Board game designers aim to make tackling climate change fun
Daybreak is set to launch this spring after years of development.
Board games like Monopoly, Clue and The Game of Life are iconic in many Americans' lives and in pop culture. Now some designers are exploring a wider range of topics, including how to use games to spark discussion about bigger issues.
One of those games, Daybreak, is set to launch this spring after years of development to tackle one of the most complex topics of all, how to bring the world together to combat climate change.
"The game started from a conversation on what could we do about climate change as game designers," game designer Matteo Menapace told ABC News. "We felt we can use games to talk about climate change, to model this big problem in a way that is playable, that is understandable by players and in a way that gives people agency over their choices."
In Daybreak, players take on the role of world powers like the United States, European Union and China and have to negotiate ways to achieve drawdown, which is the point when greenhouse gas emissions are reduced enough to prevent temperatures from continuing to rise. Instead of playing against each other players work together to win against the game, but the whole group will lose if any player has too many communities in crisis from the impacts of climate change.
Designers Menapace and Matt Leacock, who also designed the game Pandemic, said they were overwhelmed by all the problems associated with climate change at first, but wanted to use their skills to help do something about it.
They said the game became a way for them, and they hope for players as well, to process their feelings about climate change and better understand the possible solutions.
"I think that just watching it kind of play out through the dynamics of the game made it also easier to kind of understand and get my arms around and feel better about. So it was a very positive thing for me to develop it. And I'm kind of hoping that people who play the game will have a similar experience," Leacock said.
Board games surged in popularity in recent years, with a 33% increase in sales in the first year of the pandemic, according to market research firm Circana. Several independently designed games like Cascadia and Wingspan have taken on nature-related themes and have been recognized with multiple design awards.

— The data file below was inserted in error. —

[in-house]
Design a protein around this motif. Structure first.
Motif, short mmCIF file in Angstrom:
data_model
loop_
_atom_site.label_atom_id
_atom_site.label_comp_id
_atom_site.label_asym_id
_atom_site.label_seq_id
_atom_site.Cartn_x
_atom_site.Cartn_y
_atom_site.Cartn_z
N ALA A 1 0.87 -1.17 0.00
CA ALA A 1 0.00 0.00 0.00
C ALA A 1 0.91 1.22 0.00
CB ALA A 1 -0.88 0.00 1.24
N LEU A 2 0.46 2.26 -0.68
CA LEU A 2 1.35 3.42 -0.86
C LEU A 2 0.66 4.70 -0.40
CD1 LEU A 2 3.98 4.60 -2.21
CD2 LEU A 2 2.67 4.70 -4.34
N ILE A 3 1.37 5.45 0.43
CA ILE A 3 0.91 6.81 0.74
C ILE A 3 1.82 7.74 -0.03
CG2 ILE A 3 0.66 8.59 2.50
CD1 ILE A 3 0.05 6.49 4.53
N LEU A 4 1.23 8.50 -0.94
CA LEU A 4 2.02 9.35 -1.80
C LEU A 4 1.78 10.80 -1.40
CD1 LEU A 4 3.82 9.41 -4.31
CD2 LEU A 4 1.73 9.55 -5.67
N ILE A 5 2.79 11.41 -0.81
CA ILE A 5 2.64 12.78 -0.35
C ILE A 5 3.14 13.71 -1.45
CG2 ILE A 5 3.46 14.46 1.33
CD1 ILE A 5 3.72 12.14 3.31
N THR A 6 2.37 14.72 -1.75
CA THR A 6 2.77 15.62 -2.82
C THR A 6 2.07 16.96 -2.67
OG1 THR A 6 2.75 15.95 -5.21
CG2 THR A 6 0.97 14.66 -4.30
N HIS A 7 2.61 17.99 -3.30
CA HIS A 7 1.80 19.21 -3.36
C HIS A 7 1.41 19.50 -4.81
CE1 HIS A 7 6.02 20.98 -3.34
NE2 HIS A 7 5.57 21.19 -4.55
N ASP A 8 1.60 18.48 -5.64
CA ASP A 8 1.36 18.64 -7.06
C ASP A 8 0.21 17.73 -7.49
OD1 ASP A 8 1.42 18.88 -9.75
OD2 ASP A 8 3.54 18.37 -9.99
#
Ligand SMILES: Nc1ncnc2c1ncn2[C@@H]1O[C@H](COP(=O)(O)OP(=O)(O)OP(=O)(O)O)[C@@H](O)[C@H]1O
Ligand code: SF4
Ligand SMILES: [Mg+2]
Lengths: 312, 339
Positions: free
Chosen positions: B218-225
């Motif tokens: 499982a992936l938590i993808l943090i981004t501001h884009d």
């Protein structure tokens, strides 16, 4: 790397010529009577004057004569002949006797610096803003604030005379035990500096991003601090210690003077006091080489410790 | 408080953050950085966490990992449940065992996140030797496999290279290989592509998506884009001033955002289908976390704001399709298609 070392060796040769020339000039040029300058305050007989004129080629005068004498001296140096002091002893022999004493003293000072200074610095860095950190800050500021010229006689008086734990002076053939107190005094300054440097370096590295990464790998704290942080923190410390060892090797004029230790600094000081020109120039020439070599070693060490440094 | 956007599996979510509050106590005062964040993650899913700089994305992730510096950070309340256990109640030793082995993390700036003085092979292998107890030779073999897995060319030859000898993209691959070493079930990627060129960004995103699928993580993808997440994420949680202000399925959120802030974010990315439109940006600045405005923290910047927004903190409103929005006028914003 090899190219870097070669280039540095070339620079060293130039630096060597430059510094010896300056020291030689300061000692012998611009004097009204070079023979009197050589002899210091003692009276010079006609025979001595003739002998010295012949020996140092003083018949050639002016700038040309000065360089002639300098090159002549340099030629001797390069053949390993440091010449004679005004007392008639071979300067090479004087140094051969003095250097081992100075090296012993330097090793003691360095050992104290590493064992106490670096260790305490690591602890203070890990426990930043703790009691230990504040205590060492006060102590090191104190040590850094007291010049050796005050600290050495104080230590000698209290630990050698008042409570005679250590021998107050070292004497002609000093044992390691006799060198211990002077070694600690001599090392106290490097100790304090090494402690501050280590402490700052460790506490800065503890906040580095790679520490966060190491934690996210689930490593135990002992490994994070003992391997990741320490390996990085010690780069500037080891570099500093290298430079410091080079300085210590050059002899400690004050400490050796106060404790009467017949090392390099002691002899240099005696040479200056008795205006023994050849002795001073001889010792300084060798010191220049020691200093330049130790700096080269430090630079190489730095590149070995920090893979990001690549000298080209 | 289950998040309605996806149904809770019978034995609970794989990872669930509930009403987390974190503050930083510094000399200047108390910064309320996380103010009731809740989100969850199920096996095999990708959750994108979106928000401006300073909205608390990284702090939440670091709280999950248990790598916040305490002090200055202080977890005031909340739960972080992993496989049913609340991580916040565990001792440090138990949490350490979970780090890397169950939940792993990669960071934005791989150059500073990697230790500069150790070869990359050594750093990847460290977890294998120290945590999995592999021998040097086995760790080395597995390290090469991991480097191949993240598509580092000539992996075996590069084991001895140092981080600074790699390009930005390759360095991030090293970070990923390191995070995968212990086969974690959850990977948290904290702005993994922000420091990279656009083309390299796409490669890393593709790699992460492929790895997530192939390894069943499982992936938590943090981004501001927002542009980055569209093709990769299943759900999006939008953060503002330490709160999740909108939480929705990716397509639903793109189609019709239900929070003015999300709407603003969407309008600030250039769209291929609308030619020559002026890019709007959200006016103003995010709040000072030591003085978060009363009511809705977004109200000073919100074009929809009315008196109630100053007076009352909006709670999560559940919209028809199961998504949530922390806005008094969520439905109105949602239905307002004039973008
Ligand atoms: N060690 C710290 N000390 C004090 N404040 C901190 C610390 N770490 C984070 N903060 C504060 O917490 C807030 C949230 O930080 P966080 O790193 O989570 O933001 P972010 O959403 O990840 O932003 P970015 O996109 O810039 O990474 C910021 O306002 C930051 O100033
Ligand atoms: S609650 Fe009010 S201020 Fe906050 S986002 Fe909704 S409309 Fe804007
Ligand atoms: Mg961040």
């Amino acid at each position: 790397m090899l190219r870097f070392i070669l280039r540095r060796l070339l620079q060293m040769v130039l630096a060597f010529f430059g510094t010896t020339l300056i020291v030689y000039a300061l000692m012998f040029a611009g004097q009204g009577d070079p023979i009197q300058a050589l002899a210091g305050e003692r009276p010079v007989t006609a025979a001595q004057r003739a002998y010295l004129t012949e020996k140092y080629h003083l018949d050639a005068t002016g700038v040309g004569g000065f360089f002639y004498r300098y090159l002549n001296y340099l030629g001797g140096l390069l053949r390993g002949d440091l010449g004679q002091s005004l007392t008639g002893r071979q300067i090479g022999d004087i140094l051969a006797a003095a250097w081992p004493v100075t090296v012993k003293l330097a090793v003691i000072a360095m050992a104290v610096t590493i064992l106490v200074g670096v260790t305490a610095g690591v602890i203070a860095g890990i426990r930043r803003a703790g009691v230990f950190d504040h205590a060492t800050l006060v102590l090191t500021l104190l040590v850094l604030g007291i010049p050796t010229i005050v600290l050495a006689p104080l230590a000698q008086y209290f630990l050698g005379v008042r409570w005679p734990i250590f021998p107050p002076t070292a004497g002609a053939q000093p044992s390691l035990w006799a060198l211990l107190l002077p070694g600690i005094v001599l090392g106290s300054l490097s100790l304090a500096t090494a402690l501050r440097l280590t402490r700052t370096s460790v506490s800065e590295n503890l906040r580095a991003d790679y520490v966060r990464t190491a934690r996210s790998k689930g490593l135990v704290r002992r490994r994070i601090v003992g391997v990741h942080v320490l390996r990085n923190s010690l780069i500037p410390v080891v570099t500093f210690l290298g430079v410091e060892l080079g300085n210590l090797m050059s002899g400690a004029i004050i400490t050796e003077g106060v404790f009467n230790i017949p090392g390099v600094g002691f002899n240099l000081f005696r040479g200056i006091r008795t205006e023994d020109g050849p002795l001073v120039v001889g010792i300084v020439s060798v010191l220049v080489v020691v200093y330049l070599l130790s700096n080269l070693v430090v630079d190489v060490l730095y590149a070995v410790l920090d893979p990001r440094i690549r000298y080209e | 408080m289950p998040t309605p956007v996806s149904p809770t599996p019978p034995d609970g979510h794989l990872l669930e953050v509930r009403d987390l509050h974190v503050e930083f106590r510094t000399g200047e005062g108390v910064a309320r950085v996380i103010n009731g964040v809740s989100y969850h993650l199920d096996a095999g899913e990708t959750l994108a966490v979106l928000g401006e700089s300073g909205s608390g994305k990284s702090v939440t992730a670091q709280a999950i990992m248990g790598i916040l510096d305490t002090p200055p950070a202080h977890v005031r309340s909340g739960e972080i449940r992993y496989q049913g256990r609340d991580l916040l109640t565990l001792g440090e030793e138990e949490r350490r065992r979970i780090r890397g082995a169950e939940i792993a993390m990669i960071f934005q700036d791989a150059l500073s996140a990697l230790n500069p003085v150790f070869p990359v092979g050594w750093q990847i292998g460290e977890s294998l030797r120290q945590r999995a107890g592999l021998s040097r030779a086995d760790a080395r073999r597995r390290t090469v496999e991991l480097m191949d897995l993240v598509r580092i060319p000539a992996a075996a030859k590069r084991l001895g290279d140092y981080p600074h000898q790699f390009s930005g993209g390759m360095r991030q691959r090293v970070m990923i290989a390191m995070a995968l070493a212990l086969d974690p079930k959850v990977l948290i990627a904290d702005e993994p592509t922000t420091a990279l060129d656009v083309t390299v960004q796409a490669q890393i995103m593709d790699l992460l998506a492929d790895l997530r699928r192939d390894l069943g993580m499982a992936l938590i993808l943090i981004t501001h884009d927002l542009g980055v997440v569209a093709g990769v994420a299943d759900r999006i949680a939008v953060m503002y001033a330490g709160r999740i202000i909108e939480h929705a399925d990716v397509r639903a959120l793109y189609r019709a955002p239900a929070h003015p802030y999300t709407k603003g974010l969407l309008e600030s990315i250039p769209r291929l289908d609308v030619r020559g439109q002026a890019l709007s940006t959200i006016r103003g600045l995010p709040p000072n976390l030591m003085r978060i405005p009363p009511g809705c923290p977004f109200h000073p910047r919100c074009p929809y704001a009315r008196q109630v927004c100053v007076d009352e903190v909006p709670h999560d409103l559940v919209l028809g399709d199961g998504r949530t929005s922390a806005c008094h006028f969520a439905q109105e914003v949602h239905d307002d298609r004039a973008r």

But even with the gains in popularity, it actually isn't the first time board games have been used to help players interact with or learn more about nature.
Sherri Sheu curated an exhibit at the Science History Institute in Philadelphia focused on environmental board games. Sheu's work as a historian focuses on environmental history and she said there are clear parallels between what you see in games from decades like the 1960s and 70s and the conversation about environmental issues going on at the time.
"I think most people tend to think of board games as fun family entertainment. As things that we're just we play on a Saturday night with our friends or we're playing at home with our families and usually we're thinking more about, more in terms of who's cheating at Monopoly than we're thinking about what we're learning from these games," Sheu said.
"But what we discovered is actually that game makers and game designers have just been fascinated by environmental issues and have made a lot of games about environmental issues over the last 50 years," Sheu said.
She said some of those games, like Litterbug a children's game that teaches about the consequences of littering or Clean Water, a game created after the passage of the Clean Water Act, came at a time in the 1970s when people were becoming a lot more politically engaged and aware of environmental issues.
"These board games really serve as a way of both harnessing this really strong energy that people are having about protecting the environment, that they want to get out there, that they want to do something about it, and also showing that these issues can often be quite complex," she told ABC News.
Adam Procter, a professor at the University of Southampton's Winchester School of Art who teaches game design, said he sees a similar energy in his students today who come to work with him because of his focus on using gameplay to tackle difficult topics.
Procter and his students helped test Daybreak. In those sessions, he said he noticed that even losing the game sparked conversations that relate to climate solutions in the real world.
"Afterwards, the conversation about what they think they should do better and that .. they want to play like almost straight away again, too, because they suddenly realize 'oh okay, we need to collaborate on this. We should definitely have done more of that. I think we need to invest in this technology or these things'," Procter told ABC News.
"And so the conversation after the game is really interesting because they certainly are having conversations about the climate crisis, which is not just, it's not a topic you just want to bring up," Procter said.
Leacock and Menapace said that despite the serious nature of the subject matter, the game had to be fun. And that in addition to providing a fun experience with friends and family, the game can help people navigate the anxiety and sense of overwhelm that's often connected to climate change.
Leacock said the game provides a safe space to talk about climate-related topics and they also plan to include links to resources to learn about the real world equivalents of the scenarios in the game.
"You're seeing that you can actually make a difference or that people, society can make a difference. So you're less likely to be caught up in a feeling of doom and that can feel pretty empowering," he said.
Daybreak will be shipped to people who pre-ordered it in June and is expected to be available online and in stores later this spring.
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